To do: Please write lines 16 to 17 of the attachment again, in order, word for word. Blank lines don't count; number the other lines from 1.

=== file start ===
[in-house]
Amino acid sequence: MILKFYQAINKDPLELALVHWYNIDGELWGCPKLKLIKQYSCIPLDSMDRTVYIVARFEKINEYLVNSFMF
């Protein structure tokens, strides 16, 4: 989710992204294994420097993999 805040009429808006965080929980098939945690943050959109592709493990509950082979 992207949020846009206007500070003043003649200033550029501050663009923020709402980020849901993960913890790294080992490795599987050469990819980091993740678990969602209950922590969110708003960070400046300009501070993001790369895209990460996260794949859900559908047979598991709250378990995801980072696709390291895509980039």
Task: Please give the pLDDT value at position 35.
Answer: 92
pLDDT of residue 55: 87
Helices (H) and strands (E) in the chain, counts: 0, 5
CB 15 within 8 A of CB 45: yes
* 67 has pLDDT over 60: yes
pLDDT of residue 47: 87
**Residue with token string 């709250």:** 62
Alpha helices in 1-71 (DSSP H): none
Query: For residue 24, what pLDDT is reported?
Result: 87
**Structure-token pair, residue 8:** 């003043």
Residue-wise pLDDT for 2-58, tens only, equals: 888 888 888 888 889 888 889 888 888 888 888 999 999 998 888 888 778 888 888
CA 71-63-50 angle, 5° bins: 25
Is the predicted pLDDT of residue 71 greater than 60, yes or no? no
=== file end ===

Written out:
Residue-wise pLDDT for 2-58, tens only, equals: 888 888 888 888 889 888 889 888 888 888 888 999 999 998 888 888 778 888 888
CA 71-63-50 angle, 5° bins: 25